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Surgery Insert, March 14, 2013 - University of Kansas Medical Center

Surgery Insert, March 14, 2013 - University of Kansas Medical Center

Surgery Insert, March 14, 2013 - University of Kansas Medical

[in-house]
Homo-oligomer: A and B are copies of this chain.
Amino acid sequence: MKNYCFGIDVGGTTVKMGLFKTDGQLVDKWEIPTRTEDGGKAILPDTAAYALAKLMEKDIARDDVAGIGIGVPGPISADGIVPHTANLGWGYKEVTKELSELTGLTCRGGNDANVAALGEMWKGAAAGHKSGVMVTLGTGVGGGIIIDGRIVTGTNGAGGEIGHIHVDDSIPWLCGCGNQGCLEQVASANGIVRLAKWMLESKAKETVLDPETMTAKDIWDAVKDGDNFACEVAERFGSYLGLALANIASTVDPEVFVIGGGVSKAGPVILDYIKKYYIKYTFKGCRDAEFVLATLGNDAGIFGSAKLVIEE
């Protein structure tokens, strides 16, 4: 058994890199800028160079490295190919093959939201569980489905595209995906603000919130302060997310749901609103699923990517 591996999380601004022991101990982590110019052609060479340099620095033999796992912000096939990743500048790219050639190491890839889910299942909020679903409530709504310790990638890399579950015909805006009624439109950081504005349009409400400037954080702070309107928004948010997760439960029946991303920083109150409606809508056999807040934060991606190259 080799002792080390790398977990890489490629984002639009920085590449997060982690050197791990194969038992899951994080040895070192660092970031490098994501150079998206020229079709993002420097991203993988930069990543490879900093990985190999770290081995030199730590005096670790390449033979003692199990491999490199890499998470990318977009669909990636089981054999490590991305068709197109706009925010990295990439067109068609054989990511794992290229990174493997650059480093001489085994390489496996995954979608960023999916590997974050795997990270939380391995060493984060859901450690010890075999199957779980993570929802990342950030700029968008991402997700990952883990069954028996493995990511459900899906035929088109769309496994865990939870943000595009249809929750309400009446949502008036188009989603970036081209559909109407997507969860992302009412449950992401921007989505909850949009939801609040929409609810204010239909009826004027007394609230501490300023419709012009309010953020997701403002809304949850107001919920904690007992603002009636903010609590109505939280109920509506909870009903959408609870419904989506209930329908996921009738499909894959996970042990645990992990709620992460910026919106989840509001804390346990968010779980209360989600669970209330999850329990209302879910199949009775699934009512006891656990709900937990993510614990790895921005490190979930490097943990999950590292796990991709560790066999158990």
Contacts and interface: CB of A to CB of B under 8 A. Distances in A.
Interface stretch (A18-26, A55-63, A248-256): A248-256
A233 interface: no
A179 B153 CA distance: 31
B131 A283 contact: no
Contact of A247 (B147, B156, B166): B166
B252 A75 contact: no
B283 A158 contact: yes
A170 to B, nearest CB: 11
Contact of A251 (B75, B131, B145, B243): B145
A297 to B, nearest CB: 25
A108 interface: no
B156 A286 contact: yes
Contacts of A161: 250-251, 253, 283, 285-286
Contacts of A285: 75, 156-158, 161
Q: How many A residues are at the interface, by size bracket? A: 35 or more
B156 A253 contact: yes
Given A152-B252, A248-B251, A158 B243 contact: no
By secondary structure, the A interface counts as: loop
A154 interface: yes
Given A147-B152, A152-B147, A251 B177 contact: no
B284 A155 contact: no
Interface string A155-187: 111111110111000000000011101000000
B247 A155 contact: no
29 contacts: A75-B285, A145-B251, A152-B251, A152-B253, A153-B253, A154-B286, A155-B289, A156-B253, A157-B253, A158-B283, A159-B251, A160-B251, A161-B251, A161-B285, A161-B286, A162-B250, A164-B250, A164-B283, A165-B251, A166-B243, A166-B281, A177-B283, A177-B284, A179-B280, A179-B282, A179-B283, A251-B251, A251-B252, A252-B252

Surgeons at their very best Specialized care for complex needs Together, breast cancer experts in many fields provide individualized treatment plans for patients with all types of conditions, even the most complex. Members of the surgical team include (from left) surgical technician Jason Arms; plastic surgeon Richard Korentager, MD; breast surgeon Marilee McGinness, MD; and Gayle Johnson, perioperative RN. Walking into a surgical suite at The University of Kansas Hospital is like entering a scene from a televised medical drama. A cast of surgeons, anesthesiologists, nurses, scrub techs, residents and support personnel bustle between the 38 operating rooms at the main campus, treating adult and pediatric patients with complex surgical needs. In operating room after operating room, using the latest technology and surgical innovations, multidisciplinary teams of surgeons gather around patients with the most complicated surgical conditions in the region. Collaborating for advanced care “We encourage our surgeons to work collaboratively,” said James H. Thomas, MD, chair of the Department of Surgery. “It’s not unusual to see two or three surgeons working together so patients benefit from their vast experience and areas of expertise.” In one operating room, a breast surgical oncologist teams up with plastic and microvascular surgeons to perform a mastectomy and reconstructive surgery. In another, a patient with colorectal cancer undergoes simultaneous procedures on his colon and liver with a team of oncological and hepatobiliary surgeons. Yet another patient has his gallbladder removed using the latest robotic technology, da Vinci® Surgical System. Across the hall, a patient has a stent replacement for an abdominal aortic aneurysm and vascular disease. And another undergoes a complicated and lengthy operation to treat pancreatic cancer. Most surgeons may see one or two such operations during their entire career. At The University of Kansas Hospital, specialized pancreatic surgical oncologists perform this operation weekly.

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